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Day By Day© by Chris Muir.

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Wednesday, January 19, 2005

Bacalao fritters

ok, so that's just a fancy name for salt cod balls. we went out for dinner this weekend. our choice: Fonda Solana in albany. for you non-bay area types, that would be "berkeley lite".
one of the many dishes we had was a salt cod fritter, as named above. they were so good, i went out to the web to see if i could find a recipe that at least approximates the taste and texture of what we had in the restaurant. the following is what i think is a close match. this recipe was stolen from Maria's Cookbook at Maria-Brazil, in it's entirety.



1 pound salt cod

2 cups of mashed potatoes

2 tbsps of finely chopped parsley

2 large eggs

oil for frying

Soak salt cod overnight and during the morning, changing water three times. Drain, remove skin and any bones and cut in small chunks. The next step is poaching the cod. In Boston, I learned a great trick from Julia Child, who calls her fritters Aunt Priscilla's Codfish Balls (there's a Portuguese connection somewhere...) I always do it her way now. Simmer a small onion, thinly sliced, with a bay leaf and 4 peppercorns in 2 cups of water. After 5 minutes, add the cod and 2 cups of water. When it simmers, cover the pan and remove from heat, so the cod doesn't toughen. You can keep the cod in this liquid in the refrigerator until ready to use it.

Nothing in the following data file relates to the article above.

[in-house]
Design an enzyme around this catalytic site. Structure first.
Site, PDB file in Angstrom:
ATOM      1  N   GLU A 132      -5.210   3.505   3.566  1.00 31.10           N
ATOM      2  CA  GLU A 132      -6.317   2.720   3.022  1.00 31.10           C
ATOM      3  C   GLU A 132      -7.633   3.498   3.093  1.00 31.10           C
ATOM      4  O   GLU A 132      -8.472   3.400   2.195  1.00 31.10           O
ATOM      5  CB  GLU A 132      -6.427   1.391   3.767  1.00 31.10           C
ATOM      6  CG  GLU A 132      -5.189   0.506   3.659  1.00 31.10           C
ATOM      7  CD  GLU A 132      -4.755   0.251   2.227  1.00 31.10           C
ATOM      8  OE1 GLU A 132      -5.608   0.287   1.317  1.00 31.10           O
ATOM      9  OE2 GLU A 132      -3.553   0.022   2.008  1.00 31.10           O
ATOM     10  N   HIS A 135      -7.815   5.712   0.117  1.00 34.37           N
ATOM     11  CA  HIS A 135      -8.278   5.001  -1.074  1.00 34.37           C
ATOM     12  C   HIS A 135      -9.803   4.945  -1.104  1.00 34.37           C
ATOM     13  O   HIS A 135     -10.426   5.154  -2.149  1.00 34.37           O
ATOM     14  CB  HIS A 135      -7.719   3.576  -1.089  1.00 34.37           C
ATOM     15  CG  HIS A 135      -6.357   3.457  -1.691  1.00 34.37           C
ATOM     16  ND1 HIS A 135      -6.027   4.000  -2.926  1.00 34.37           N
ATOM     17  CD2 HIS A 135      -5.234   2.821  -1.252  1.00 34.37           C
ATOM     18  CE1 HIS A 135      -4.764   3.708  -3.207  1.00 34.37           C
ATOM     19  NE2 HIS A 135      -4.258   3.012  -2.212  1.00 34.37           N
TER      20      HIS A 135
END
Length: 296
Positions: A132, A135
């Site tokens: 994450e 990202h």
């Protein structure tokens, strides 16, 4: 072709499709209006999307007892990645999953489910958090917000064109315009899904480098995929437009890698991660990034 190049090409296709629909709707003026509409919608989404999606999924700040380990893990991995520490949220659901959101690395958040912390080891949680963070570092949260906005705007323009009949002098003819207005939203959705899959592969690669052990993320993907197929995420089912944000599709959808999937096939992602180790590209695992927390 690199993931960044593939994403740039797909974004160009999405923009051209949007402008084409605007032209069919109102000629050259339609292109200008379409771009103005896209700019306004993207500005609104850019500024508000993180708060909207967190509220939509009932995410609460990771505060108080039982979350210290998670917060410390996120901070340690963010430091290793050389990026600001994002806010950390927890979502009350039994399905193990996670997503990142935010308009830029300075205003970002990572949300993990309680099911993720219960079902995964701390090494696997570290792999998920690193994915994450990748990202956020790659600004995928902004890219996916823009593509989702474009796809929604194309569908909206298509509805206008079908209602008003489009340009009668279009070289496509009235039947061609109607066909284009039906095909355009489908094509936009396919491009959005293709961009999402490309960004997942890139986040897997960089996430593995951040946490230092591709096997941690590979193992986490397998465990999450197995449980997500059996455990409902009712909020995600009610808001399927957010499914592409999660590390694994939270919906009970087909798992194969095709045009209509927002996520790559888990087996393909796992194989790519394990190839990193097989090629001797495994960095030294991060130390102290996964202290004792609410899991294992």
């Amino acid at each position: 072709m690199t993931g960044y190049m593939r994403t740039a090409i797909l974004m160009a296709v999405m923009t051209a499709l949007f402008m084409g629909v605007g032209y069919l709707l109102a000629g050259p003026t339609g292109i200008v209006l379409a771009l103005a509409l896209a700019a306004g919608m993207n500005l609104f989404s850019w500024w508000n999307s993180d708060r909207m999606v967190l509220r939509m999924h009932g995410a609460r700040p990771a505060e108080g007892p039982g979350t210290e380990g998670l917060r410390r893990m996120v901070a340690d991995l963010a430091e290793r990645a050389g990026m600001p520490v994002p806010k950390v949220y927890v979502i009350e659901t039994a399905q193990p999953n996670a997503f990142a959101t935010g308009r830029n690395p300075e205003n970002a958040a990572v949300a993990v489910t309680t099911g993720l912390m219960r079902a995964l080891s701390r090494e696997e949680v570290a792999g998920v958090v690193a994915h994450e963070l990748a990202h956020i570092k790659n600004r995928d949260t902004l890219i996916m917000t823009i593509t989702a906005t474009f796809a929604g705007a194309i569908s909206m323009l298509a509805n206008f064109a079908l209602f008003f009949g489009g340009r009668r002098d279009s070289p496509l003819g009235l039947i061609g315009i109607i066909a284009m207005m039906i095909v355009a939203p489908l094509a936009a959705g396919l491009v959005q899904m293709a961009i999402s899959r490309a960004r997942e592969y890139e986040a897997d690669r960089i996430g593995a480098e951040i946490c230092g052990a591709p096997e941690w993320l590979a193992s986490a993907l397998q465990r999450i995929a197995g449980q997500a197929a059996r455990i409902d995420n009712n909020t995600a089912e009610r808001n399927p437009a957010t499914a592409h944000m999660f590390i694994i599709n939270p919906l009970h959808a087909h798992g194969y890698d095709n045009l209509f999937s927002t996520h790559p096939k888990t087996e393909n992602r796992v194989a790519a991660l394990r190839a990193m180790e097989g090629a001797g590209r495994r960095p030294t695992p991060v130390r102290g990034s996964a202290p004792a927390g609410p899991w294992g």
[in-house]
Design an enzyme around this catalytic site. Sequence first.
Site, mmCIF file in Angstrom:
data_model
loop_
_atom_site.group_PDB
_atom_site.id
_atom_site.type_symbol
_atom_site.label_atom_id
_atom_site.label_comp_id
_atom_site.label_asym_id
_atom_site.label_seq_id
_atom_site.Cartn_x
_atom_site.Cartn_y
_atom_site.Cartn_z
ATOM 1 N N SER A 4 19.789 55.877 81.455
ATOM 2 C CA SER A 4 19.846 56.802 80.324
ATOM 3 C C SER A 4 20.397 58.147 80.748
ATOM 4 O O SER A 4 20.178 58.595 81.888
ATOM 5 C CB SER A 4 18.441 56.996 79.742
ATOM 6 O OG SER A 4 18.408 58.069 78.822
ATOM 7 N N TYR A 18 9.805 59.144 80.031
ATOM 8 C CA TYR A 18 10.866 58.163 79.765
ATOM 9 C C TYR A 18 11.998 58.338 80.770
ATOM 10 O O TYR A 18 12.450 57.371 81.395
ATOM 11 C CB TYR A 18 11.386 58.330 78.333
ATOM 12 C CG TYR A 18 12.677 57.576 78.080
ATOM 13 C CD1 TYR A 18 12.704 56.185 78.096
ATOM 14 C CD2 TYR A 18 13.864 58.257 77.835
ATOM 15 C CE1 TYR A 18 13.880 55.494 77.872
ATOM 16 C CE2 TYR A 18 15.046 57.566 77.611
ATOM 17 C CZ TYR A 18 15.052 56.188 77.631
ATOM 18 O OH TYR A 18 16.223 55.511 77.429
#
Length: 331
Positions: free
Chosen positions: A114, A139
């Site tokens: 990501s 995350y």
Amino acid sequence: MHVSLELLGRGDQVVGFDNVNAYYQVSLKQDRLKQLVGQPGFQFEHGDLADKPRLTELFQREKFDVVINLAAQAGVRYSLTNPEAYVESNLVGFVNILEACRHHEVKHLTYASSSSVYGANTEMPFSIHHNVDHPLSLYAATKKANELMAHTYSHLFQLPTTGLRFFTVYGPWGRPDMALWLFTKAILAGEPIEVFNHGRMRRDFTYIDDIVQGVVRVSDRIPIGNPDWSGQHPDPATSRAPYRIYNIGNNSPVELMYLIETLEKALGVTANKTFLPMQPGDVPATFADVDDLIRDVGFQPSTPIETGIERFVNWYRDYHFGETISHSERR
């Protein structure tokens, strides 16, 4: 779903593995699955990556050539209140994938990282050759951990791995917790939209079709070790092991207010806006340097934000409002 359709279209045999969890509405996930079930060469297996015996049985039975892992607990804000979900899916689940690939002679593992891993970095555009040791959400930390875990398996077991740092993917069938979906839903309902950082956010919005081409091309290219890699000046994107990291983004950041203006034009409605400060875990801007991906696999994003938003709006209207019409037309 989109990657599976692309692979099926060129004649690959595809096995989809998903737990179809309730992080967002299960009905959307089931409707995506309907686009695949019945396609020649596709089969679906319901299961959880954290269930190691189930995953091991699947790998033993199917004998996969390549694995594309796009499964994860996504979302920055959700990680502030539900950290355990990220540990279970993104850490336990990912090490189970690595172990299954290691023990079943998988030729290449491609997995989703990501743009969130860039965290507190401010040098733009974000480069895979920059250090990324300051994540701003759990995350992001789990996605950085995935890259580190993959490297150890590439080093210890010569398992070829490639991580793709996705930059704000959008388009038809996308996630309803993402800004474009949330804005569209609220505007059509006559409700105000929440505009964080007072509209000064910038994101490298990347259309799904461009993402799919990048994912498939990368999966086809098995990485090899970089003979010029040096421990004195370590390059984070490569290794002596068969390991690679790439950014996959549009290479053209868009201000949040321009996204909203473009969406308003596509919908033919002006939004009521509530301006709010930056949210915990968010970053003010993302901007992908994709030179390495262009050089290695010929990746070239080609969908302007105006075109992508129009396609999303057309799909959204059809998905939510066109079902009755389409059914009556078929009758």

To form the bolinhos: drain the fish and flake it well into a bowl. Add 2 cups of mashed potatoes; beat two eggs with a pinch of salt and add them to the fish and potatoes. Some cooks like to separate the eggs, adding first the yolks, then the beaten whites. Add the parsley (and if you want, 1 small chopped onion), salt and freshly grated pepper to taste. Wait about 1/2 hour to form the balls; they should be about 1 1/2 inches. Use good, fresh oil for frying (set deep-fryer temperature at 375°). Dry in paper towels.

now it's my turn for tweeks and variations. for a bit of a different taste, substitute cilantro for the parsley. you can also add a clove of crushed and finely minced garlic and 1/2 an onion very finely sliced to the mix as well. i think, but haven't tried this, that substituting fresh cracked crab meat for the cod, or at least a portion of the cod, would add a whole other dimension to these wonderful chunks of finger food.

we live around a bunch of portuguese, so getting dried salt cod is not an issue. if you don't, i found a store on line that carries it at The Vermont Country Store

i've had these from various restaurants and homes enough times to be something of an expert. i've had bad ones and good ones. the bad ones were usually the result of trying to rush the rehydrating process.

for a complete list of my online recipes, follow the link here

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